MobileJava MobileOracle Tool Lets Developers Extend Java Apps to Mobile Platforms

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As mobile device usage continues to grow, so too does the need to extend enterprise applications to mobile platforms.

Oracle this week is expanding its own mobile developer initiatives with the release of the Oracle Application Development Framework (ADF) Mobile Client. The new tool enables developers to extend their Java-based enterprise applications to mobile platforms including BlackBerry and Windows mobile.

Duncan Mills, senior director or product management at Oracle told that Oracle has a very large investment in Java and building out business applications as whole. As part of that effort, Oracle has the Application Development Framework, which to date has been primarily targeting rich Web user interfaces as well as desktop interfaces. In the past, Oracle has also had a mobile browser, which enabled Java applications in a limited fashion. Now Oracle is moving to the next step of mobile application enablement.

“ADF Mobile Client steps onto the mobile device itself,” Mills said. “We’re now pushing the user interface and the flow control down onto the mobile device.”

Mills added that by pushing functionality onto the phone, it provides additional capabilities beyond what the mobile browser enabled. As code is now running natively on the mobile device, developers have access to the physical hardware on the device. As such hardware features such as a barcode scanner or GPS can now be accessed by Java applications.

“The developer experience is essentially identical for building for mobile as it is for the web, the only difference is the form factor and how much real estate is available,” Mills said. “We provide a WYSIWYG development environment that builds the abstracted version of the user interface.”

Mills explained that the user interface is defined in metadata and when a developer deploys to a particular mobile device, the application is rendered using the native controls of the device.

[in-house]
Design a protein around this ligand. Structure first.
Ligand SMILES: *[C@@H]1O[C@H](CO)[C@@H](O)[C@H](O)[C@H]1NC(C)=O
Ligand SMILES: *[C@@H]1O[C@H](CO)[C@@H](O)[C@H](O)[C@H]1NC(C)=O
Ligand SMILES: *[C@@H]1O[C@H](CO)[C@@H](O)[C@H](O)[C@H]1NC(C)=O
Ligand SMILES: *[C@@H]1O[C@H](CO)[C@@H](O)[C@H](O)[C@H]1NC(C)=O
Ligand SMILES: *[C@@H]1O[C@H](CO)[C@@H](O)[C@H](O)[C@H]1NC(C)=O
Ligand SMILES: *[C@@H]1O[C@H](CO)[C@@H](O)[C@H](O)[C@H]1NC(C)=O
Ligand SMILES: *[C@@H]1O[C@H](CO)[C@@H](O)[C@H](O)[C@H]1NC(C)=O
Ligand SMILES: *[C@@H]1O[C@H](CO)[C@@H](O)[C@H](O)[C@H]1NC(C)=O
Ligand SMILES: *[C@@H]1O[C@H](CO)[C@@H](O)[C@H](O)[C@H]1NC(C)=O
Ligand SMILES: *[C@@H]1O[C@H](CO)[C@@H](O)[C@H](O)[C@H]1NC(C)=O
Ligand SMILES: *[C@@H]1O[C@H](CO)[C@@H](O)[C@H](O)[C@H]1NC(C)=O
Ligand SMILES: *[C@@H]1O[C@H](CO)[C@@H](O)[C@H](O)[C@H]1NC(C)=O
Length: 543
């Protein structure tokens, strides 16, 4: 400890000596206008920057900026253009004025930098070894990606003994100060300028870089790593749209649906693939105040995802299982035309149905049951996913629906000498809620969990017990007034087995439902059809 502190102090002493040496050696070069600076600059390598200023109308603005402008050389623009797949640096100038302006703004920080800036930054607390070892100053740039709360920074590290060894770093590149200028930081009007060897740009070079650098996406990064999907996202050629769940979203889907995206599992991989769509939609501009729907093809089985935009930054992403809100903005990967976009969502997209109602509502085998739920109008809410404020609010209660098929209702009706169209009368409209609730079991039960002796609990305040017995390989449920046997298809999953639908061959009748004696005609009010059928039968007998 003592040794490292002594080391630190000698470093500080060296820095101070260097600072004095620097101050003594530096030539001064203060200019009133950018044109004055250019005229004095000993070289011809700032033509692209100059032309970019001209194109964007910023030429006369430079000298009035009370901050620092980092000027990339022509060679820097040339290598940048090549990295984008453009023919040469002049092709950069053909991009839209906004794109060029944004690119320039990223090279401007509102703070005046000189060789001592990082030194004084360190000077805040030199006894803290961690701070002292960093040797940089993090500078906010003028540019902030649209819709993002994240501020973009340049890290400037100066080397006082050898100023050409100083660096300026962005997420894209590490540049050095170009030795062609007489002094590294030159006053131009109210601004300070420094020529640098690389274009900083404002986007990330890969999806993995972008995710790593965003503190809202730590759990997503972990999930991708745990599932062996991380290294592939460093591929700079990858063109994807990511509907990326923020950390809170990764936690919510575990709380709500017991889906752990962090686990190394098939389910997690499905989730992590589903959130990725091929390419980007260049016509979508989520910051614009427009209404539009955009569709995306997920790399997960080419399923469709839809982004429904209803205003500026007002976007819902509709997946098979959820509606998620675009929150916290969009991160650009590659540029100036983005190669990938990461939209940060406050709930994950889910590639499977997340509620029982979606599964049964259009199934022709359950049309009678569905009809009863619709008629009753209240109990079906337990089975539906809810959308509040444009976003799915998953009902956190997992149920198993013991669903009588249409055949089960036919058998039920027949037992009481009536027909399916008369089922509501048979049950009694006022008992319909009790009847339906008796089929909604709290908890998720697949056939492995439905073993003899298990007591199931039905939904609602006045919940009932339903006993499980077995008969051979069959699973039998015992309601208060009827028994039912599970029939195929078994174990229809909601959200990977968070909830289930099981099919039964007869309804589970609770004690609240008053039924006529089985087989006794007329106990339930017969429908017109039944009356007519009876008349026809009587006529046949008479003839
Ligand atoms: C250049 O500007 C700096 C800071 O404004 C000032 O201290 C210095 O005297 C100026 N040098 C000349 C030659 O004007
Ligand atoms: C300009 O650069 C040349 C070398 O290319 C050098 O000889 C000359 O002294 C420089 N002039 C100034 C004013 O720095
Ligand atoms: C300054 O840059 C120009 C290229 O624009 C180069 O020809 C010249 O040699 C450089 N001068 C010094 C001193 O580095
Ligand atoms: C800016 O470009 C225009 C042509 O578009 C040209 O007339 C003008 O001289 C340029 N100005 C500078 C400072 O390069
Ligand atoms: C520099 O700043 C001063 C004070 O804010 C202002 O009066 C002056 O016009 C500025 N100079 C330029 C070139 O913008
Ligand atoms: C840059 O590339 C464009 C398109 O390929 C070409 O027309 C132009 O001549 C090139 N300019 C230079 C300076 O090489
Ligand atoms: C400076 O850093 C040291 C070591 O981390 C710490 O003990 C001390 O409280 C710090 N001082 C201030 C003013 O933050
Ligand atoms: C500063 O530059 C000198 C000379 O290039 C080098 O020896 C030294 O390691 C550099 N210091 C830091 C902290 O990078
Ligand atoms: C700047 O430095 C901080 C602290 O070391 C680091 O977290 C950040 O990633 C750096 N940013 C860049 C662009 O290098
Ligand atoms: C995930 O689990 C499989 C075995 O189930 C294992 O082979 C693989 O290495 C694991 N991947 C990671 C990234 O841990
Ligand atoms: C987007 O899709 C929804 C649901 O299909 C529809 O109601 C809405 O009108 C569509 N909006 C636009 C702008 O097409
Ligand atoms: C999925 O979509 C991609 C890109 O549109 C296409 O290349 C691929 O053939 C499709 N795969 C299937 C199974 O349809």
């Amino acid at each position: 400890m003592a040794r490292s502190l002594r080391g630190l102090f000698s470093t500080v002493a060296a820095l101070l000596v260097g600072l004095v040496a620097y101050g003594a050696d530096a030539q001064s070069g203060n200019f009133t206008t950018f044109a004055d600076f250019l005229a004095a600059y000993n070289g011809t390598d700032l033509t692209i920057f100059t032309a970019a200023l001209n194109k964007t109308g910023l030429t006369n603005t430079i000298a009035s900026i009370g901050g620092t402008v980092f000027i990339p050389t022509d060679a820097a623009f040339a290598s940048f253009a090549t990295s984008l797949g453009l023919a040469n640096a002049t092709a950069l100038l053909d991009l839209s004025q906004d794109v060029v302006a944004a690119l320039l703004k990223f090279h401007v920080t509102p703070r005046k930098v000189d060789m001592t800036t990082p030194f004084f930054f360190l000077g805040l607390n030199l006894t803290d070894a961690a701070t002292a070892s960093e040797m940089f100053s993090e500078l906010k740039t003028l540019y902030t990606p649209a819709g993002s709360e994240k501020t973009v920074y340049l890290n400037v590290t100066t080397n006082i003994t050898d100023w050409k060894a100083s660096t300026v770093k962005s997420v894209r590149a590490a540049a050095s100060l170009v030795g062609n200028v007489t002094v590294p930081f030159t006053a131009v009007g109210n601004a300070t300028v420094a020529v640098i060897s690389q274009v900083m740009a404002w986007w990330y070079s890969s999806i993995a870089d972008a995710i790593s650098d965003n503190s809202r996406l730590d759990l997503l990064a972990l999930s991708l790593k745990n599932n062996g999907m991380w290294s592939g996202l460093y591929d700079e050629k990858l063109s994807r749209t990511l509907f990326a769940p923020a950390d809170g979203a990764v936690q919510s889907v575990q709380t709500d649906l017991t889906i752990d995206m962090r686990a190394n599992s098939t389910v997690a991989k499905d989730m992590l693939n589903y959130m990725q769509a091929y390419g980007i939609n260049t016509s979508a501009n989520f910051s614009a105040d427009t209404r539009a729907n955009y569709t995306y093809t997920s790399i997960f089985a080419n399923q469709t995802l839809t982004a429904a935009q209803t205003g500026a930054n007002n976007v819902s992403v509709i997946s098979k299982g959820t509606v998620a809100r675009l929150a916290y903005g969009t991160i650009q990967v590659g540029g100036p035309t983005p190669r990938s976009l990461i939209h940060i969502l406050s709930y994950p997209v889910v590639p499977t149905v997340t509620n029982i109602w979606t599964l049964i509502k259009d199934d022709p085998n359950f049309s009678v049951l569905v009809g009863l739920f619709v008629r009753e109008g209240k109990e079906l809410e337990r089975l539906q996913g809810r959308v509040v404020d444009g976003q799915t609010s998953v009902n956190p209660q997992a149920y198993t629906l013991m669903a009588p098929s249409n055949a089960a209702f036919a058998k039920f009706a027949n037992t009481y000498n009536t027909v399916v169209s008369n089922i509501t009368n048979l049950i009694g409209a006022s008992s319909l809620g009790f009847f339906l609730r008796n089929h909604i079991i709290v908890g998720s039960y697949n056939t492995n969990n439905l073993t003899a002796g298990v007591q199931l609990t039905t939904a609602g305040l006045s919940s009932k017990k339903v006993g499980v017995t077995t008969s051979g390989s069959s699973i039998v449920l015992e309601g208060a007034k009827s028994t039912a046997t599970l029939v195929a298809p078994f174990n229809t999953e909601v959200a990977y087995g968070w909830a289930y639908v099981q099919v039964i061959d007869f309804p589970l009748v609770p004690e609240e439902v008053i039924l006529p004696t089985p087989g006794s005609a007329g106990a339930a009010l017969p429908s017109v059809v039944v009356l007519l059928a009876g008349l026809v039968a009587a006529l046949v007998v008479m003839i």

The ADF Abstraction Layer

The abstraction layer is also critical to how Oracle plans to continue to grow ADF as a platform technology.

“As we add more device support, the programming model won’t change,” Mills said. “The developer can keep working with a component based abstraction of the user interface and doesn’t have to be concerned with the details of the APIs on the target mobile device.”

The user interface isn’t the only thing that ADF abstracts. Mills explained that ADF has the concept of data controls which allows a developer to put a common face on any type of data.

“So if someone is building out a Web page for example where data is combined from a relational database or a Web service, they’re all hidden behind a data abstraction,” Mills said. “The person building out the user interface can literally drag and drop the collections of data and the business logic they want into the user interface they are constructing.”

Mills noted that with mobile the same thing happens, as well as enabling the developer to access the mobile devices hardware capabilities. So instead of a developer needing to understand the APIs for a barcode scanner, that is all abstracted as part of the data controls approach.

In terms of target mobile devices, Mills explained that on the BlackBerry, there is a native Java virtual machine which enables the Java applications to run. For Windows mobile devices, there is a virtual machine that Oracle provides as part of the framework. Other platforms including Android and Apple iOS could follow in the future.

“For developers, they are just dealing with an abstracted component model, so from the point of having to build the interface they don’t have to worry what the implementation is,” Mills said. “Our general philosophy is that platforms and browsers will change, but we need to make sure the main model that developers are using will stand the test of time.”

Sean Michael Kerner is a senior editor at, the news service of, the network for technology professionals.

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